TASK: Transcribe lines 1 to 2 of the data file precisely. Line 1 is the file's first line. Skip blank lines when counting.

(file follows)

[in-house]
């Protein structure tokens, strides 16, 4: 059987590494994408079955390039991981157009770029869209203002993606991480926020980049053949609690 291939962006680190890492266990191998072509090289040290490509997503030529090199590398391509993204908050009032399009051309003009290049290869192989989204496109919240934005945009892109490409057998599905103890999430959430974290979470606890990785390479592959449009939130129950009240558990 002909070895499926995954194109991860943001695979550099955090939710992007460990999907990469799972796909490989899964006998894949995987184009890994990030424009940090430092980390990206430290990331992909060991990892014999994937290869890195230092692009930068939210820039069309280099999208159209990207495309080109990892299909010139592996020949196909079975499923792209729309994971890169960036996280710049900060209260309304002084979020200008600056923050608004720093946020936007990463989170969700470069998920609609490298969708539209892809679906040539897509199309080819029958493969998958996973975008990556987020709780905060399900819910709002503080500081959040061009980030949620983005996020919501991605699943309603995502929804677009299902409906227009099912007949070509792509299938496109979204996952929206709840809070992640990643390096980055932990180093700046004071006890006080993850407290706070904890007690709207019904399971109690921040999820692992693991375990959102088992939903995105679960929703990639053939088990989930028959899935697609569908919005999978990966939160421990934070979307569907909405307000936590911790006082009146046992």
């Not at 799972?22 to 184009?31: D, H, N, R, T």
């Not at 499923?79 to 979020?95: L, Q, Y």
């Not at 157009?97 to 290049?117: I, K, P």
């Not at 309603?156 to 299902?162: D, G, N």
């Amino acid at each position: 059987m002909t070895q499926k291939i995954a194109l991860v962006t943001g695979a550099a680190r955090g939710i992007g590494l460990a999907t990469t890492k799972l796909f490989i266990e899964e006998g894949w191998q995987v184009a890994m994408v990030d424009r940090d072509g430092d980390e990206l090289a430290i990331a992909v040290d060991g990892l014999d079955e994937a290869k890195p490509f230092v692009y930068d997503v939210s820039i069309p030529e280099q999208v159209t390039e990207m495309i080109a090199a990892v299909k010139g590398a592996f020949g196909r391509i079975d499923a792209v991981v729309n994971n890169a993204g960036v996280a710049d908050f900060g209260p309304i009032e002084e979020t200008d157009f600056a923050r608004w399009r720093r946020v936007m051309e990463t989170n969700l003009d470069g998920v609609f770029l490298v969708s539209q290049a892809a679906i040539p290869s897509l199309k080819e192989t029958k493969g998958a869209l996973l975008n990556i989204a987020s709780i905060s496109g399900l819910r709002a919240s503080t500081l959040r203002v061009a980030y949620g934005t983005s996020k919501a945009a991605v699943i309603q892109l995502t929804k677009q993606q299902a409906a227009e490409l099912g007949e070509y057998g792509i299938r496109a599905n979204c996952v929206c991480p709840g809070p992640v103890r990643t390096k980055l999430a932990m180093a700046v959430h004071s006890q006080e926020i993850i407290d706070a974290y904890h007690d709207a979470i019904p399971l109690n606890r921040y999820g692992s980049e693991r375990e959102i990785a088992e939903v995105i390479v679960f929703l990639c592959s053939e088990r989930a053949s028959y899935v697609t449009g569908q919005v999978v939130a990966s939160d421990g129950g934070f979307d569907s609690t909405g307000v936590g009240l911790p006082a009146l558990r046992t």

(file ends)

[in-house]
């Protein structure tokens, strides 16, 4: 059987590494994408079955390039991981157009770029869209203002993606991480926020980049053949609690 291939962006680190890492266990191998072509090289040290490509997503030529090199590398391509993204908050009032399009051309003009290049290869192989989204496109919240934005945009892109490409057998599905103890999430959430974290979470606890990785390479592959449009939130129950009240558990 002909070895499926995954194109991860943001695979550099955090939710992007460990999907990469799972796909490989899964006998894949995987184009890994990030424009940090430092980390990206430290990331992909060991990892014999994937290869890195230092692009930068939210820039069309280099999208159209990207495309080109990892299909010139592996020949196909079975499923792209729309994971890169960036996280710049900060209260309304002084979020200008600056923050608004720093946020936007990463989170969700470069998920609609490298969708539209892809679906040539897509199309080819029958493969998958996973975008990556987020709780905060399900819910709002503080500081959040061009980030949620983005996020919501991605699943309603995502929804677009299902409906227009099912007949070509792509299938496109979204996952929206709840809070992640990643390096980055932990180093700046004071006890006080993850407290706070904890007690709207019904399971109690921040999820692992693991375990959102088992939903995105679960929703990639053939088990989930028959899935697609569908919005999978990966939160421990934070979307569907909405307000936590911790006082009146046992």